James Turner writes for O'Reilly Radar about the "best practices" plague afflicting software developers. So far (thank goodness) I haven't had to play the code coverage game, a nice side effect of working on small teams for smaller companies where everyone works with everyone and there's been less demand for rigid process or hard metrics. Even so, the 'TATFT' mindset is still a big part of current programming culture (particularly in Rubyland) and that bugs me.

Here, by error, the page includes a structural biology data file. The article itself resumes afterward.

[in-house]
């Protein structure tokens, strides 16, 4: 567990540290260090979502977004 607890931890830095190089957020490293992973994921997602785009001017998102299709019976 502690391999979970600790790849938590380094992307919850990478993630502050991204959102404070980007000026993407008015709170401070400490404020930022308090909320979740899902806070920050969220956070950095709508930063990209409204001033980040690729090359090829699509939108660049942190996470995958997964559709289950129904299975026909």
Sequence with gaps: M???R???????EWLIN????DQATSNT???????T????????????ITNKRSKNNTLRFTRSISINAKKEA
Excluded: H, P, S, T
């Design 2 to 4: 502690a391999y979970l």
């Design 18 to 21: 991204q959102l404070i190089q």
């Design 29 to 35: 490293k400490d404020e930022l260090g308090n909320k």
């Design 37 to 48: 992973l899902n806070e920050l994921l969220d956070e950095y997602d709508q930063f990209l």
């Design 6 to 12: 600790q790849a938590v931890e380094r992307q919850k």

The object of following 'best practices' isn't (or rather shouldn't be) to spend your whole day marking off boxes on some endless pre-flight checklist — it's to ship better software. Your toolbox doesn't need to include every tool ever invented, not every tool is appropriate in every context, and tools that take longer to maintain than to use are almost never worth the trouble. Try to look at your process and tools objectively, and ask yourself how (or if) they're helping you ship good code.